Local Accountant Not Sure that Accounting Changes will effect Calgary Industrial Real Estate Owners and Tenants

Oct 8, 2010 by

We have had a chance to catch up with some of our accounting associates on the question we asked in an September post (See Post) regarding some accounting changes being proposed in the USA that could effect both tenants and landlords who have interests in commercial and industrial real estate.  They generally were not as concerned about the proposed changes as they are exactly that… proposed.  However they did have the following points.

The proposed changes are generally aimed at publicly accountable enterprises. There are two standards of GAAP in Canada, one for public entities traded on stock markets etc and one for private entities.  Many users would not be affected as a result of their private company nature.  A typical user who buys a building to occupy one floor and rents the other to an outside party would likely not be publicly accountable and therefore not affected by these rules. But Chinook Mall, owned by the Ontario Teacher’s Pension Fund, could have some major changes for its major tenants.  Big tenants that are publicly traded like Canadian Tire for example could have some big changes, but the majority of tenants are likely local companies that would fly under the old rules.

The other component that is of concern is the complexity.  Not unlike the recent HST accounting changes and GST in the past, companies are going to have to spend significant time and resources to interpret the rule if they come into effect.   A company leasing its space is going to have to capitalize the lease as a long term intangible asset (future rights asset).  This will have to be evaluated on a yearly basis and have an offsetting liability. Theoretically companies would no longer have a rental expense, rather a write down or amortization of the future rights asset and the interest implied in the long term liability.  According to our accounting friends, this is going to require some very direct instruction from CCRA because it is going to get very complicated.  Two entities with the exact same circumstances could easily manipulate their situation to be completely different and therefore the rule changes would be useless.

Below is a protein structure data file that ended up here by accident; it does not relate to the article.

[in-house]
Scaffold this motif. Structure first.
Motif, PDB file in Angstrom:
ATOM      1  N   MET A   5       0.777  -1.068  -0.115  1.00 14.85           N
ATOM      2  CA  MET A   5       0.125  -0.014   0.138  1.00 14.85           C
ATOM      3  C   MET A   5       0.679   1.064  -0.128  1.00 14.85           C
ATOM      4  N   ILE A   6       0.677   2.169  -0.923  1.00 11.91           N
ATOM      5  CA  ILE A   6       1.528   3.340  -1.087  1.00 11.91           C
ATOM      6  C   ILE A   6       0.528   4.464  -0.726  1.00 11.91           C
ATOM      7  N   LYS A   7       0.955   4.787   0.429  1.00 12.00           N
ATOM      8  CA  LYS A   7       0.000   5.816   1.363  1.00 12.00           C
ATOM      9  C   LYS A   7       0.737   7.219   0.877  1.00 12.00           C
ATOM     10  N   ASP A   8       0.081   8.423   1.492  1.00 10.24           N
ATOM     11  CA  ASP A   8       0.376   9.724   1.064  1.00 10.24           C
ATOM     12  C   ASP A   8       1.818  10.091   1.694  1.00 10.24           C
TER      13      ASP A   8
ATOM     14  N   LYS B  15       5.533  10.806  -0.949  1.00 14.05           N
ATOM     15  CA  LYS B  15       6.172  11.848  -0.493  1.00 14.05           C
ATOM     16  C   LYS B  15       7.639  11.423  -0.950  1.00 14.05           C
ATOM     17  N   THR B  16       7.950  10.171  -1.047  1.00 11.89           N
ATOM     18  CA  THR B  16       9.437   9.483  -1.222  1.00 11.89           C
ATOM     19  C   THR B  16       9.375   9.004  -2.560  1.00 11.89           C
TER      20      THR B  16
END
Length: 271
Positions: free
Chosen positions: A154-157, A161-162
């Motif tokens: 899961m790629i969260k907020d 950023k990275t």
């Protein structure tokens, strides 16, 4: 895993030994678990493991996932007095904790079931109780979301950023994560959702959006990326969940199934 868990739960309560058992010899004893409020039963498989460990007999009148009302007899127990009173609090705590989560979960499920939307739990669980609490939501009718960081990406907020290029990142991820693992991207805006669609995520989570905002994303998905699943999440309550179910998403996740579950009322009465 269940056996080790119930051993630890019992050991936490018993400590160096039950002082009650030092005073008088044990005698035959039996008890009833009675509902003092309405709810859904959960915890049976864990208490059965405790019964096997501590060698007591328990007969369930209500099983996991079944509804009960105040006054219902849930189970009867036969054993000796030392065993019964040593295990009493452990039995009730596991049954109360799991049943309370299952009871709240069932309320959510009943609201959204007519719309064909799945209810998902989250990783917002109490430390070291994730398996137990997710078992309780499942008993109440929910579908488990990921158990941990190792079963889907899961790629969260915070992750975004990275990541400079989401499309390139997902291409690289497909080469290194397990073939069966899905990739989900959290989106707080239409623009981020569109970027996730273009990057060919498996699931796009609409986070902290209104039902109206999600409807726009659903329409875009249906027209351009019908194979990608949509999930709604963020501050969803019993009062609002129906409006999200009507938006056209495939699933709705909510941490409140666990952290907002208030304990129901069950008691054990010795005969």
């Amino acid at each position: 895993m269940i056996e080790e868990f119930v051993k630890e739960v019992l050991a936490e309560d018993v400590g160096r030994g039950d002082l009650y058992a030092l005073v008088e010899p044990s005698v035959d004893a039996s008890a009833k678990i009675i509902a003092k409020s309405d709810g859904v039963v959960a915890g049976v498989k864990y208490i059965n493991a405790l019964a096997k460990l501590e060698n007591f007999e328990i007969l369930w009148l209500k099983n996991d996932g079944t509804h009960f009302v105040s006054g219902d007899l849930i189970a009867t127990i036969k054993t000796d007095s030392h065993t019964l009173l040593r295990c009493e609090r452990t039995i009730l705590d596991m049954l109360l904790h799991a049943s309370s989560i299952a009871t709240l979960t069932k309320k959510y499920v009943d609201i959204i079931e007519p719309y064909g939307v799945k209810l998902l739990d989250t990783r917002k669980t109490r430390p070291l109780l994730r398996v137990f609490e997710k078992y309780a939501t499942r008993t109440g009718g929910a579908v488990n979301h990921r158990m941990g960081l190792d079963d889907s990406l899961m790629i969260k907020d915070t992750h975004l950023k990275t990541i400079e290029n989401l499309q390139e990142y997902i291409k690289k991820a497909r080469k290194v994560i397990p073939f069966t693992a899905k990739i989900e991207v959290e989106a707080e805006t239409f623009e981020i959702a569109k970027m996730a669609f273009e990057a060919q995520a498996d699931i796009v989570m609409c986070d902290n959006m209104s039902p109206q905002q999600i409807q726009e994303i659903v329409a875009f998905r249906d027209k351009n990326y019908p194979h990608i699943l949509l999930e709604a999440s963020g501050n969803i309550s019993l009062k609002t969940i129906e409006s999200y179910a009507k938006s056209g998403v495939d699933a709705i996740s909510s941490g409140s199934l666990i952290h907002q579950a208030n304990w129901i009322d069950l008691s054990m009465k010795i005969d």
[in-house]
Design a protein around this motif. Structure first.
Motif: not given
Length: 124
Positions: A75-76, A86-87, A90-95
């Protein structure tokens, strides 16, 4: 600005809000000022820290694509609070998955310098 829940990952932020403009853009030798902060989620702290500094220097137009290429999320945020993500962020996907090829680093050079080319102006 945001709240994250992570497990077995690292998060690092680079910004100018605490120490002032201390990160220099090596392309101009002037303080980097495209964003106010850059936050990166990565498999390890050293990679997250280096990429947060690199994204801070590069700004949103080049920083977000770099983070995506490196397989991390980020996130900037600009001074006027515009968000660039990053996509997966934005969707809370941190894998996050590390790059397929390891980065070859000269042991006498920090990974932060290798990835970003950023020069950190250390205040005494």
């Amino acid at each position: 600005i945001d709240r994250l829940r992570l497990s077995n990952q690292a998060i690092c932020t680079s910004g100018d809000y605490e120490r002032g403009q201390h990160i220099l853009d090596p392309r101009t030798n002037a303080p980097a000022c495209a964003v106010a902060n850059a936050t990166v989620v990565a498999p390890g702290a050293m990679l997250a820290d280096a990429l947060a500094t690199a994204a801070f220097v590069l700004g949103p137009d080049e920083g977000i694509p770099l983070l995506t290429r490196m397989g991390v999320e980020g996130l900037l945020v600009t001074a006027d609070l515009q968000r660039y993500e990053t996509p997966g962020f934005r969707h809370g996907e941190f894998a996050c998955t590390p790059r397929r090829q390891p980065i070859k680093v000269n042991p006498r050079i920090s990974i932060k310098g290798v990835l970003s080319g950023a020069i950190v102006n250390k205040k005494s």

The interpretation from the accountants is that these proposed changes are going to really affect tenants who have to do extremely long lease terms such as the Safeways and Home Depot’s and users doing large complex design build leases in the Calgary Industrial market.  The other component is the developer who need those long term tenants to make a viable business case for financing new projects as the long term lease market may dry up. It may cause a fundamental shift to ownership of units for tenants and thus require more large developers to consider condo ownership versus the current one landlord approach.

Stay tuned.